It took more than six months for the Department of the Treasury to answer Utah Republican Senator Orrin Hatch’s questions about how the Treasury would respond to a government shutdown or the failure of the Congress to raise the debt limit. But its response is revealing. Even in the event of a pending default, the Treasury will not be selling any of its gold reserves to pay the government’s bills:
Treasury ... considered a range of options with respect to how Treasury would operate if the U.S. had exhausted its borrowing authority.
Treasury considered asset sales ... [but] rejected the option of selling the Nation’s gold to meet payment obligations because selling gold would undercut confidence in the U.S. both here and abroad, and would be destabilizing to the world financial system.
When popular and knowledgeable journalist Brett Arends learned about this, he was astonished:
The Treasury’s position is, in a word, extraordinary. We hear all this skepticism these days about gold. Yet the Treasury itself considers U.S. gold holdings to be a key element in maintaining confidence in the country’s soundness — and the stability of the international financial system.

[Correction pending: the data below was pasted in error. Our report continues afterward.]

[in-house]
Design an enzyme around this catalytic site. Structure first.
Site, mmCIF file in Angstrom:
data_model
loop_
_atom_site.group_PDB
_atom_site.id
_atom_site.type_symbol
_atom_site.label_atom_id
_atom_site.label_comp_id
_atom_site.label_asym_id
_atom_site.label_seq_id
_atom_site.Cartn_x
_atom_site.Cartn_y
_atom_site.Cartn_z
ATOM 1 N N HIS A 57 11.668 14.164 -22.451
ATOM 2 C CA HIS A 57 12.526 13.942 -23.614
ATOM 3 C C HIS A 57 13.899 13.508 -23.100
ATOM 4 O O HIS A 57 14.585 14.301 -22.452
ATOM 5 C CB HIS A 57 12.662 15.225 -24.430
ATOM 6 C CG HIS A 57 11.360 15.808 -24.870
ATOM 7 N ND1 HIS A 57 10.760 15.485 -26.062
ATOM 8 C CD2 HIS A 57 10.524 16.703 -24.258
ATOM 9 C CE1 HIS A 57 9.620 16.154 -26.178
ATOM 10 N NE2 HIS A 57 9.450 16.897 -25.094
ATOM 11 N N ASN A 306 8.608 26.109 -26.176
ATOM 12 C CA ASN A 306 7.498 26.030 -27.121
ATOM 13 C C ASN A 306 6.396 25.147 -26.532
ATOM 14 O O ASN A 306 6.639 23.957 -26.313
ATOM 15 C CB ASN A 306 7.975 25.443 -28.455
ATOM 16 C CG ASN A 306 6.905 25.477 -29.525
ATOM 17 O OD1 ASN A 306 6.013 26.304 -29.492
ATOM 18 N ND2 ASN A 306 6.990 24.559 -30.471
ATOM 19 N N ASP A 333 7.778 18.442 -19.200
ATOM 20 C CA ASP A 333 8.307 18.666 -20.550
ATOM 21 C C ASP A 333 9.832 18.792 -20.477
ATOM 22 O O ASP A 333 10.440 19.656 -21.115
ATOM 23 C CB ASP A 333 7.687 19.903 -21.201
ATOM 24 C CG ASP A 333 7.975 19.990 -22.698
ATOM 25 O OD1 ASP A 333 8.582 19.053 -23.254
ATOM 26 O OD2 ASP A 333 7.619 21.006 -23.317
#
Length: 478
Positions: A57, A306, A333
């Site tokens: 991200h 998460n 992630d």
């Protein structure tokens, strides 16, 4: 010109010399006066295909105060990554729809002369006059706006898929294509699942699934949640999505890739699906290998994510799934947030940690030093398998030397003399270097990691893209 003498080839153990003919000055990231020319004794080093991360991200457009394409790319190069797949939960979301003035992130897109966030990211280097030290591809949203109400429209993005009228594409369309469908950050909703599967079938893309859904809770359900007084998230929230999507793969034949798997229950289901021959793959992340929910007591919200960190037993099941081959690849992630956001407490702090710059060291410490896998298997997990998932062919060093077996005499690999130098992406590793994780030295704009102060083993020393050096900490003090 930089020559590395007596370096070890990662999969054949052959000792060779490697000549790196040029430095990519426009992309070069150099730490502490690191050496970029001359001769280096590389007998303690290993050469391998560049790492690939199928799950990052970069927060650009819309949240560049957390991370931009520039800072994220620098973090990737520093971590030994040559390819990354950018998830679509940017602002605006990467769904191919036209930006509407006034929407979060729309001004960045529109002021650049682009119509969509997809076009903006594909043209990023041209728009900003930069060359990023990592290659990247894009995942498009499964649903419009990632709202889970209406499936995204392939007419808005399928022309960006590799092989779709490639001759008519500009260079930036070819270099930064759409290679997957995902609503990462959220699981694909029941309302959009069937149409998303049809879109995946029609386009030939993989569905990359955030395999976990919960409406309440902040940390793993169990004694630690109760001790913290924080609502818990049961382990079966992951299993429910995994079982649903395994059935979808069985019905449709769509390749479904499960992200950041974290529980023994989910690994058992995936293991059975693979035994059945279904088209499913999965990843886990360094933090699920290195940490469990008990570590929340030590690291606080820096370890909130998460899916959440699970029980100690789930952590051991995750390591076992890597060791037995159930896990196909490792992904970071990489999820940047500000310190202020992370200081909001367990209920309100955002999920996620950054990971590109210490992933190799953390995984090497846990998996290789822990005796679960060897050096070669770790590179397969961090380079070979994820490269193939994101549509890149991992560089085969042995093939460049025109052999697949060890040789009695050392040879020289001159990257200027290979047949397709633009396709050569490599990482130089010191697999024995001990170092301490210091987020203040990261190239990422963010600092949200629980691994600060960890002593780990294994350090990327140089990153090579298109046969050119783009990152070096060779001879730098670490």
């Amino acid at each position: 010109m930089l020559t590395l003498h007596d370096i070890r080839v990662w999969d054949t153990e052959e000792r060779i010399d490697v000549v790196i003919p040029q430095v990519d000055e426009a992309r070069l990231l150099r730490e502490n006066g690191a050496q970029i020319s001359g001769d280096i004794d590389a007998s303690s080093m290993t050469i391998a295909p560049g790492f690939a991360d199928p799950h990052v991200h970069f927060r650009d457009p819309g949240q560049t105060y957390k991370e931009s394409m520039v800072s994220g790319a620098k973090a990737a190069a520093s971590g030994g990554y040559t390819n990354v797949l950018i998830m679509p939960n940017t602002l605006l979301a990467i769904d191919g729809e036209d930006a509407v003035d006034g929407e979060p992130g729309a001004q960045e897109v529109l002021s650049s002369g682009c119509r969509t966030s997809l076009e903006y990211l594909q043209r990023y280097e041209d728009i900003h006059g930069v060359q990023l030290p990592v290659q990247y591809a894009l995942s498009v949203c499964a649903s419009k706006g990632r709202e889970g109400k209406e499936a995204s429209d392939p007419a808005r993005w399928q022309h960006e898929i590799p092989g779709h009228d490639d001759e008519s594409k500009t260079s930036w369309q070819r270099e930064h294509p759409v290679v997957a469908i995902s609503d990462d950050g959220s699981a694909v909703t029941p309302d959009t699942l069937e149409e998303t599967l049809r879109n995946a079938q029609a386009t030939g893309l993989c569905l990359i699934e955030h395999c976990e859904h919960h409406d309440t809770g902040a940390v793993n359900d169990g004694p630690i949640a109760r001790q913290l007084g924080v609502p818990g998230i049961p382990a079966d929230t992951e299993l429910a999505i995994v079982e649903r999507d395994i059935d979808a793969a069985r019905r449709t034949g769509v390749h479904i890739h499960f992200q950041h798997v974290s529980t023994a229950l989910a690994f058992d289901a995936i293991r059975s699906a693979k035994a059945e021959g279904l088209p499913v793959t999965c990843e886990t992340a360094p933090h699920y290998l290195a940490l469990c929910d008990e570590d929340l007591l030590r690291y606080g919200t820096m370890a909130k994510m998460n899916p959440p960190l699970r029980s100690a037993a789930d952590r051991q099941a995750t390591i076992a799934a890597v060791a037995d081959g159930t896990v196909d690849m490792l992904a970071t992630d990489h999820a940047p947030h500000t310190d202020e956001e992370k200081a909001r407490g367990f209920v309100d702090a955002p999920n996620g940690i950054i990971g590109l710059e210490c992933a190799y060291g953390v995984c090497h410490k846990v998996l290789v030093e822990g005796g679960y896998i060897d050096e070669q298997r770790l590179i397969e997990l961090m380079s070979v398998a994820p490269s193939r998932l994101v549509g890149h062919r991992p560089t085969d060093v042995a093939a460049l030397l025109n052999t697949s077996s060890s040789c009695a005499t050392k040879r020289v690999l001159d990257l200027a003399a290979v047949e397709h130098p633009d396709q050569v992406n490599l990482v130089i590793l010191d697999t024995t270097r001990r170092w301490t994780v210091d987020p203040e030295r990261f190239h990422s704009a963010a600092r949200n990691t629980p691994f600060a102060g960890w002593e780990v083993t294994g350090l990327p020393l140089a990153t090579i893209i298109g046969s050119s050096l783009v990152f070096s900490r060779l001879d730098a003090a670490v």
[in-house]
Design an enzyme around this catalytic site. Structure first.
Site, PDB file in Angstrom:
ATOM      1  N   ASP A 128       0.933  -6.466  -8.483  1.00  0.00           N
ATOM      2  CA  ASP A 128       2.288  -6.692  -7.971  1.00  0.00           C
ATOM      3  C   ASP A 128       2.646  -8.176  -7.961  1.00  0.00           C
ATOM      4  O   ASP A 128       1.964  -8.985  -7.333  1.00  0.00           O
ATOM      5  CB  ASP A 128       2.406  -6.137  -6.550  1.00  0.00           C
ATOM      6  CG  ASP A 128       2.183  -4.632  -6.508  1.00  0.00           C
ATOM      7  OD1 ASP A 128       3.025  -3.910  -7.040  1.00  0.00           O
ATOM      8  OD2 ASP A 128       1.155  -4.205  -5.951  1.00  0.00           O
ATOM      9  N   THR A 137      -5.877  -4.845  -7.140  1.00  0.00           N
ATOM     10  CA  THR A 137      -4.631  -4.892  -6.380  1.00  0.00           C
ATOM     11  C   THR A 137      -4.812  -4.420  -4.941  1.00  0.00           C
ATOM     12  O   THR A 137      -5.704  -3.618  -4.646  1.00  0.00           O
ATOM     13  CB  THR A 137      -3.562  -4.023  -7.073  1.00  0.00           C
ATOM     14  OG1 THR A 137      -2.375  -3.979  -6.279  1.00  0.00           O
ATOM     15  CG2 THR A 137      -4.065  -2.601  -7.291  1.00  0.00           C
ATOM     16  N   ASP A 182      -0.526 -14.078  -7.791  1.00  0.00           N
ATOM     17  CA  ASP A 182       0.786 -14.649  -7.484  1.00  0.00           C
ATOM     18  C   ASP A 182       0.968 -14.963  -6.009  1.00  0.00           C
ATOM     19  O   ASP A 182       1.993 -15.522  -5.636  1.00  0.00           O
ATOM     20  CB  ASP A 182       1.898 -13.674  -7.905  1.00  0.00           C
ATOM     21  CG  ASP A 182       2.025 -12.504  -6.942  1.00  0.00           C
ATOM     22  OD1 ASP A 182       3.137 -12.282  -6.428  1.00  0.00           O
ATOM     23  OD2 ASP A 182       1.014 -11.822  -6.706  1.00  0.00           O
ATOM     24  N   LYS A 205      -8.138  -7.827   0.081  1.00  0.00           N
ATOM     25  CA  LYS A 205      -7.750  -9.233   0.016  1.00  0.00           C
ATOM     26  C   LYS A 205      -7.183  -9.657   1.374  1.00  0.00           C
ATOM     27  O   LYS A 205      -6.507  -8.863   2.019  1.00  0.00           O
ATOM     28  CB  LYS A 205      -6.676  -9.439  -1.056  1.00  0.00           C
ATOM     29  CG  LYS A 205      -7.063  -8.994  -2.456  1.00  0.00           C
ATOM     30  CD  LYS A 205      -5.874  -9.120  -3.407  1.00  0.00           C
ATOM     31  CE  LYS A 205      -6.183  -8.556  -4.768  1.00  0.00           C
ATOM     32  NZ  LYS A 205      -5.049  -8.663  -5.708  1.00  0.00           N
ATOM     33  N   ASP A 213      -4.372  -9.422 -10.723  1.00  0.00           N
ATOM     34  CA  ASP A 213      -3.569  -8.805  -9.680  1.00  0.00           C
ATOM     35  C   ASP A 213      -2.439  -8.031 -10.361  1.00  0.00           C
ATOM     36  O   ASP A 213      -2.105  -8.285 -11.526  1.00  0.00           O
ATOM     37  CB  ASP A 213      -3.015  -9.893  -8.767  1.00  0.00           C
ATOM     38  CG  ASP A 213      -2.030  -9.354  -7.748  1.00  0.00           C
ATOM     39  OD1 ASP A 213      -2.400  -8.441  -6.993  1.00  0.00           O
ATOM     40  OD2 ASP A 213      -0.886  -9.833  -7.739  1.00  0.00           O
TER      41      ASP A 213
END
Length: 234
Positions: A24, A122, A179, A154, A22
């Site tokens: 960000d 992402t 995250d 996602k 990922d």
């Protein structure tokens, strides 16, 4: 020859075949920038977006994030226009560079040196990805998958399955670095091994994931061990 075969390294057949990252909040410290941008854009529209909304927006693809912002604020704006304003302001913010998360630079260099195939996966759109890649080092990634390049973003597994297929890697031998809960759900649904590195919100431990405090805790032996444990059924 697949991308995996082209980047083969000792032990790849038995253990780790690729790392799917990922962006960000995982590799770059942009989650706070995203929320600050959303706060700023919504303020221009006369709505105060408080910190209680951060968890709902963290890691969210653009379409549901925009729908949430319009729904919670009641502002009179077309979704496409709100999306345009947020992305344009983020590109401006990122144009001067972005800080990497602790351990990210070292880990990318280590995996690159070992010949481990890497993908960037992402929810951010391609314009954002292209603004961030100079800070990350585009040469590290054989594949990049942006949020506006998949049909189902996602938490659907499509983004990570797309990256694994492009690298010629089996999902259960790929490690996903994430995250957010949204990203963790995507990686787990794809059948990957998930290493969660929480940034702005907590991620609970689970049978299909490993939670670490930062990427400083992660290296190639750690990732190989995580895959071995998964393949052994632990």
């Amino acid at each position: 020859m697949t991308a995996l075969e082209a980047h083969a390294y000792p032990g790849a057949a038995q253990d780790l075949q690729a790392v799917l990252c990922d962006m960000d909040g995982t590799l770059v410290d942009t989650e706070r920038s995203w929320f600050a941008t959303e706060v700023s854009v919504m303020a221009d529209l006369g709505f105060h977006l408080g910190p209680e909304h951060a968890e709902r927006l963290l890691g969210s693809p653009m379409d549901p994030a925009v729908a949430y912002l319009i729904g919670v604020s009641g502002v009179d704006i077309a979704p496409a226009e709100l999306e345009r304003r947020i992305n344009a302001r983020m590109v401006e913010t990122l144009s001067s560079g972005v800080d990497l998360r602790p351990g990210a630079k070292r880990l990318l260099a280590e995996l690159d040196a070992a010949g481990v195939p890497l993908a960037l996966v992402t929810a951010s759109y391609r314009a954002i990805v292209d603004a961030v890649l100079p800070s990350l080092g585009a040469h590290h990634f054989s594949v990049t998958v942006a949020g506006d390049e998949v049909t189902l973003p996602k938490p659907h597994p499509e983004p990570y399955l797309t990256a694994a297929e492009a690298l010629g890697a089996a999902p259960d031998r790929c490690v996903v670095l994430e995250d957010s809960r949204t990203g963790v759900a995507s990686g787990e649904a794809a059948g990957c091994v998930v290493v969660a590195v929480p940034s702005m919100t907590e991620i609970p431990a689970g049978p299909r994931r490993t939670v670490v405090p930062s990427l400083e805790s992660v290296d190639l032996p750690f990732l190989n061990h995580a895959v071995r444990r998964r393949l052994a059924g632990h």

Why wouldn't the government just dump [its] holdings for whatever it could get?
The admission, according to Arends, is tantamount to confessing that the paper that passes for money isn't as valuable as the gold it is hoarding:
In other words, according to the official position of the U.S. Treasury, the promises and commitments of the government, and its “full faith and credit,” are actually worth less than gold.
They’d rather default than lose their bullion.
It’s reasonable for Arends to be confused. After all, when then-Representative Ron Paul (R-Texas) challenged Federal Reserve Chairman Ben Bernanke over the matter, Bernanke demurred, backpedalled, and then gave it up, protesting that no, gold isn't money, but it is considered an important part of central banks’ reserves.
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Photo of U.S. Treasury Building in Washington, D.C.